By rushing through the beatification of Pope John Paul II, his predecessor and friend, [Pope Benedict] has made clear how fanciful and arbitrary the whole idea and process of ‘making saints’ is, and has allowed space (in the future) for a reassessment of infallibility itself as a dogma.

What is convergent about these two apparently contradictory commentaries is the emotion masquerading as reason. Oddly enough, Bishop Fellay of the SSPX can be seen going through rather the same process when answering a question about Assisi at the recent Courrier de Rome congress in Paris. He takes exception to Pope Benedict's use of the word 'faith' in relation to other religions, before reflecting on the nature of analogy which would allow a limited application of the word 'faith' to something which is not supernatural, before lurching off bizarrely into an interpretation which enables him to insinuate that this use of the word 'faith' correlates with the symbolic theological vocabulary condemned in Pascendi Dominici Gregis. Bishop Fellay and Stephen Hough seem so opposed to the pope that they are intent on positing objectively perverse interpretations of his words; Oddie, on the other hand, loves the papacy so much that he's unwittingly half-way to justifying Liberius and Alexander VI.

Cor, can we just take a breather? Did we all fall down the collective rabbit hole? Why must we impose game-ending interpretations on others? Is there not an escalation of rhetorical violence here which seeks at every turn to deliver the killer blow, regardless of what the truth of the matter really is? Some people are guilty of bad will, and their machinations are deserving of exposure, if nothing else will bring them to their senses and if they are harming the common good. But most people - this is my view at least - seem to be flailing around in the swirl of information, of knowledge and what we must call counter-knowledge, which characterises our informational age. I do not exempt myself from their number. We all should try to understand! And if we must disagree with others for the sake of truth, let us disagree. But why must we be so often determined to drive the stake of logic through our opponent's heart?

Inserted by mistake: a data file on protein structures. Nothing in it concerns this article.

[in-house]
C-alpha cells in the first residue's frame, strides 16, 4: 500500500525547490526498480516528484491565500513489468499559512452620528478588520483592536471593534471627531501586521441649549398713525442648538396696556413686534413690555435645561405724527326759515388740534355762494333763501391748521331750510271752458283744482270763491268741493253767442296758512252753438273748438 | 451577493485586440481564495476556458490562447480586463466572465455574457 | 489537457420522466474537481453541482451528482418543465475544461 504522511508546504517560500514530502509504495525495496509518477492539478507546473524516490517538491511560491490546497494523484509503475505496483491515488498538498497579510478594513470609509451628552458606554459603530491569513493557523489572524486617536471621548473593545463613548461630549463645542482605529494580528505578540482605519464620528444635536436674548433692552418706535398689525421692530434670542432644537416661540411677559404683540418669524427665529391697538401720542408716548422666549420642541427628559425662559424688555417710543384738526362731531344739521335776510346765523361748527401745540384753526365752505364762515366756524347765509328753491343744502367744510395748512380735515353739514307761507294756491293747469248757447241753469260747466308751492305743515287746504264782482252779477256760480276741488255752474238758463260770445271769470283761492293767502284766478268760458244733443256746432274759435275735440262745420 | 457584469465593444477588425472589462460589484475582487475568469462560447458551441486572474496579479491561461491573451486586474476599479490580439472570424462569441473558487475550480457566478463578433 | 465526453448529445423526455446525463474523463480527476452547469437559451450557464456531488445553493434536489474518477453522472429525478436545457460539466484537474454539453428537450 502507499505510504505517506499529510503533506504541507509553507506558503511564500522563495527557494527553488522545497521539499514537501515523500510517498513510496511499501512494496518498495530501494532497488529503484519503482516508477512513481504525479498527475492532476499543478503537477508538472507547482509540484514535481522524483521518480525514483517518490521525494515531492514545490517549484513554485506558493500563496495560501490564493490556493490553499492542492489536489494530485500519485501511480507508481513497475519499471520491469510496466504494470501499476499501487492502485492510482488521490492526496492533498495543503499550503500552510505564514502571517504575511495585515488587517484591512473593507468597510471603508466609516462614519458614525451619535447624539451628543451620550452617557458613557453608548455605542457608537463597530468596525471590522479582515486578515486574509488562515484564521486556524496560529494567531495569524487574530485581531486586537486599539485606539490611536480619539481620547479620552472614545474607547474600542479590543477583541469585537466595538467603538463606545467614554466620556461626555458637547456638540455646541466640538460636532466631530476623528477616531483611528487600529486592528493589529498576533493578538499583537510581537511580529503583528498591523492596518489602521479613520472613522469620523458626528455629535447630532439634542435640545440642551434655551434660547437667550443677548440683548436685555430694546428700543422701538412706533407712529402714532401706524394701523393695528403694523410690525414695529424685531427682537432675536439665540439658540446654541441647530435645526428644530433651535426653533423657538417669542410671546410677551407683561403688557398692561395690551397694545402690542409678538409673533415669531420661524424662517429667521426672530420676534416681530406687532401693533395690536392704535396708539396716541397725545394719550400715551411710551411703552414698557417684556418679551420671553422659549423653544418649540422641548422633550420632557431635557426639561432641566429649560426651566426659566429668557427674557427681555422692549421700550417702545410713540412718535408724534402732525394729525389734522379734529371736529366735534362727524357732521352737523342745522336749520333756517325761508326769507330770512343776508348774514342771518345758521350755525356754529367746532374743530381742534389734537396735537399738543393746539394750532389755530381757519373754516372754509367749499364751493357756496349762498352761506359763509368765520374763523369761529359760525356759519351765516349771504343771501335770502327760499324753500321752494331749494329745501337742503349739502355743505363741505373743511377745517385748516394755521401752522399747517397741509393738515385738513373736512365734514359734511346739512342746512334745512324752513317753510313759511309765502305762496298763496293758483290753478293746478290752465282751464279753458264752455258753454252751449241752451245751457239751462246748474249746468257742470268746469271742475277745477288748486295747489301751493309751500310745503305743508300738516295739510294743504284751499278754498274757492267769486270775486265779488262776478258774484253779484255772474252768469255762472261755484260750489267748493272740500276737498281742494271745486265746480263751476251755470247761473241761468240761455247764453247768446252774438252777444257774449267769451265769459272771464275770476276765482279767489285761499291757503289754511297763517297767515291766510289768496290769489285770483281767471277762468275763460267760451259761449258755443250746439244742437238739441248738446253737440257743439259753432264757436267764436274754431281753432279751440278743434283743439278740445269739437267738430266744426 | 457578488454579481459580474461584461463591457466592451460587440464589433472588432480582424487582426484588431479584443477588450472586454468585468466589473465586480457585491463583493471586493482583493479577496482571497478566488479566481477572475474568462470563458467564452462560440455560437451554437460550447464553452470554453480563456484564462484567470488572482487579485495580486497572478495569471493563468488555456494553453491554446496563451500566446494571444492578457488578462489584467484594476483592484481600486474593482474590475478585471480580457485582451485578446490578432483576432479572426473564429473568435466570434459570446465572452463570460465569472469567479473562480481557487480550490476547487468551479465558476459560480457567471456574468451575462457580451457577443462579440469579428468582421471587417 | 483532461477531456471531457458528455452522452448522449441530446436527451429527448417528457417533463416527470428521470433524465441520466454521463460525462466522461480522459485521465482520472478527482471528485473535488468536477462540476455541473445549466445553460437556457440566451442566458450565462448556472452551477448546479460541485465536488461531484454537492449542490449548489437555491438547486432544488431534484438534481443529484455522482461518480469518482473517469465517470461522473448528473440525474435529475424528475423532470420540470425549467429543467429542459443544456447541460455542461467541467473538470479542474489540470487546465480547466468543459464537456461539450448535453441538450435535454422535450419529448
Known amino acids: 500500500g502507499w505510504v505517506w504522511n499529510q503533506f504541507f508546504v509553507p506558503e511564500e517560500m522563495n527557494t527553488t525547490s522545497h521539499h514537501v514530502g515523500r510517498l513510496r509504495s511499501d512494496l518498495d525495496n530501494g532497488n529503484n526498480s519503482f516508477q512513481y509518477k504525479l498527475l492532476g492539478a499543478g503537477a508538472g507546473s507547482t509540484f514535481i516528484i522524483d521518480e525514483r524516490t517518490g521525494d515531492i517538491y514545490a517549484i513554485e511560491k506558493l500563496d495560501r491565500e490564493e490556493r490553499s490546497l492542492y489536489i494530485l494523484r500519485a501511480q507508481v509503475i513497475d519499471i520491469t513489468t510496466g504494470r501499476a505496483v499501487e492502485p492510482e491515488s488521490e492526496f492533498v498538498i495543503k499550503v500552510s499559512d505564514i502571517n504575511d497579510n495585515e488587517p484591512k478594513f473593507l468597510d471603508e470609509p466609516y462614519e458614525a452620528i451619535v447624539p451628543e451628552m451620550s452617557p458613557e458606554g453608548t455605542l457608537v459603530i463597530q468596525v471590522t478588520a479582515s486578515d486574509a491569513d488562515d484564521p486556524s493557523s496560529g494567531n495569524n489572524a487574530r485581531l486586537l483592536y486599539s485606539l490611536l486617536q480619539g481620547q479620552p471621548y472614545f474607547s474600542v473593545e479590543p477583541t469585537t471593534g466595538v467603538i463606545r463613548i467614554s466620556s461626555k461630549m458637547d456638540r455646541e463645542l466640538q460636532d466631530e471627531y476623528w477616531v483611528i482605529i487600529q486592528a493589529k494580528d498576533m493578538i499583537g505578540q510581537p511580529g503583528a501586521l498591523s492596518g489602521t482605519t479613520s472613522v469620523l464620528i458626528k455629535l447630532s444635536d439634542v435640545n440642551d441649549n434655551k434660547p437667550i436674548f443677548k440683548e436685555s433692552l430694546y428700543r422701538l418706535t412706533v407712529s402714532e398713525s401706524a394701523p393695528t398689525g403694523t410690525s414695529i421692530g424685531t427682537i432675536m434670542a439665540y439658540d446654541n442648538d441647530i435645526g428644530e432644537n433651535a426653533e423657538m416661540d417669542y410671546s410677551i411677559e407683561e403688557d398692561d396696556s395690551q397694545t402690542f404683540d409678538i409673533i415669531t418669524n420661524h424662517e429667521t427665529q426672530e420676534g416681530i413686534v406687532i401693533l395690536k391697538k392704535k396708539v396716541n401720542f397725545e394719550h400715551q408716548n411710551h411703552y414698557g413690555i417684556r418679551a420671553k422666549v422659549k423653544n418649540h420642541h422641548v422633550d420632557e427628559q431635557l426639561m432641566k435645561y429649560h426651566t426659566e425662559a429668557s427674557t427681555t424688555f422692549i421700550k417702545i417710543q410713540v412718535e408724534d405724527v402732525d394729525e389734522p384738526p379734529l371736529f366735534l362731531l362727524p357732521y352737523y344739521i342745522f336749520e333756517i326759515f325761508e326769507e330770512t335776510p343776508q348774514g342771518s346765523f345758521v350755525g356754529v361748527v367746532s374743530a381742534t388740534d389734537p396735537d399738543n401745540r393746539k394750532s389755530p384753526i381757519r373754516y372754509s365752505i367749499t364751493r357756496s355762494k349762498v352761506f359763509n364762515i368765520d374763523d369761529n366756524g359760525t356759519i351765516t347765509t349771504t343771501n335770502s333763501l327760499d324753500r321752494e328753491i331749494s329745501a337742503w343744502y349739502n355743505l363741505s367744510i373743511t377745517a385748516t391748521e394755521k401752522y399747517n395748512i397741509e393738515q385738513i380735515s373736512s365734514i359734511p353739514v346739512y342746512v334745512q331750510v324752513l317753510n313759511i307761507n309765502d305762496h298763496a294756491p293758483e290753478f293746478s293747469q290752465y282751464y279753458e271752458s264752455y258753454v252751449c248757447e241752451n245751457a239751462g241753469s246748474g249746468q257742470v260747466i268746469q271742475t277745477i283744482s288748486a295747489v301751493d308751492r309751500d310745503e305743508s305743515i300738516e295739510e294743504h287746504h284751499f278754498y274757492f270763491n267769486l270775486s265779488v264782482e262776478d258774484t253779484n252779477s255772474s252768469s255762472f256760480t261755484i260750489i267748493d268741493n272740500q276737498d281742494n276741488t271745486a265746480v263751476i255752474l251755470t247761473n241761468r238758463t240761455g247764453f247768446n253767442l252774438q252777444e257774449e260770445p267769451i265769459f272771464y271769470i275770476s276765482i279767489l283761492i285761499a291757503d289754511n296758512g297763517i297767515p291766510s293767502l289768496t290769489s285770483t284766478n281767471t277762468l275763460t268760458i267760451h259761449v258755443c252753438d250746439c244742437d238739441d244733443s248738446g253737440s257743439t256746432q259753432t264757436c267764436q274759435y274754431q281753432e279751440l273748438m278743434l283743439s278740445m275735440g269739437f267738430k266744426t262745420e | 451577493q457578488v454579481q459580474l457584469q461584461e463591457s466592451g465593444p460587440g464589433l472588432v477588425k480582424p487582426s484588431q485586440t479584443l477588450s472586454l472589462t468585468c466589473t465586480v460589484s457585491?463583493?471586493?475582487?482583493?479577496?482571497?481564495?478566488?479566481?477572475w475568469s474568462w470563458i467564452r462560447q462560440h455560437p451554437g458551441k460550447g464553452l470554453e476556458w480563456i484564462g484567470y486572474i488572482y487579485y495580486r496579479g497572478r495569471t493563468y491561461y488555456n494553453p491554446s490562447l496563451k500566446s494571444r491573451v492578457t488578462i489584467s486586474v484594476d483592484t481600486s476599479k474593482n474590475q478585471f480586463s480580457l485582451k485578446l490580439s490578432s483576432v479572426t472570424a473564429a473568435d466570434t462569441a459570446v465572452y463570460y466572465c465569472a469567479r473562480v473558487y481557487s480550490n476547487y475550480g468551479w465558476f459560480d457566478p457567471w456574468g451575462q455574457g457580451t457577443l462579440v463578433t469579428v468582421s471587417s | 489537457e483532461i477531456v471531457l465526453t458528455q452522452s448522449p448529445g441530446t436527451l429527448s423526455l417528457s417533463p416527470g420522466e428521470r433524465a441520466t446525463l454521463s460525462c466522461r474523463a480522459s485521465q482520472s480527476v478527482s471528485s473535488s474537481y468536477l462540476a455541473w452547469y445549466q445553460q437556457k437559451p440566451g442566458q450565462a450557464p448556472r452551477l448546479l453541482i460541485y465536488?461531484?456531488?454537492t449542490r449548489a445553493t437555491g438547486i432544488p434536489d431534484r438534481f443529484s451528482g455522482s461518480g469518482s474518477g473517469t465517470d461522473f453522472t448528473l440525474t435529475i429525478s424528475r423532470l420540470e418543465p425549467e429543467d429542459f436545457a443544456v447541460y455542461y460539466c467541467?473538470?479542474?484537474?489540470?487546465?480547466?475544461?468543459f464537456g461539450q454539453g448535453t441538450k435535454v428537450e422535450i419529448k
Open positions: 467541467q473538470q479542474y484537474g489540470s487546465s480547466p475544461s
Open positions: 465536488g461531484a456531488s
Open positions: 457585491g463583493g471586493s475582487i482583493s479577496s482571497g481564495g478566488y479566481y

****************

So let me come to the two issues in question.

1) Assisi III: I wrote about Assisi the other day. And my position is little different now from what it was then. But let me clarify still further. On reflection, the syncretist overtones of Assisi could well be overstated. Who, after all, among the people of the world really thinks that the pope is any less determined to preach the gospel because of Assisi? I suspect most people interpreted JPII's actions - and will interpret Benedict's - as a gesture towards civic order, rather than as a statement of belief in universal salvation. The real danger is arguably for the Church's own self-understanding. Never mind faith, let's talk about peace. What do we mean by peace? Surely what the Assisi meetings are meant to promote is the absence of conflict and some bonds of civility and friendship. This might not seem so crucial in suburban London, but in war-torn Gaza or Sudan learning not to throw a bomb through your neighbour's window is surely no bad civilisational goal.

So what's the problem? The problem is that such a ceremony, under such patronage, seems to occlude, to hide, to veil from view the salvific peace which Christ came to bring the world. What does Christ mean by peace in the gospels? Peace I leave with you, my peace I give unto you: not as the world giveth, give I unto you. The Church is not a wing of the police, and still less a wing of the diplomatic service. If we are against violence, our opposition is only relative; after all, only the violent bear away the kingdom of heaven. Is there not something in Assisi which lowers the temperature of the Church's zeal for her mission to spread not civilisational order but salvific peace? Is there not something in Assisi which seems to beg us to be contented with a peace which is purely civilisational? And is there not the danger that this civilisational peace is then confounded with a salvific peace, in a tangle of ideas which the SSPX and other traditionalists feel they must denounce as syncretism? Those are the questions. My fear is that this confusion over peace is deeply problematic. I would like an answer. I'm more likely to get one from Pope Benedict than from anyone else. Let us be patient.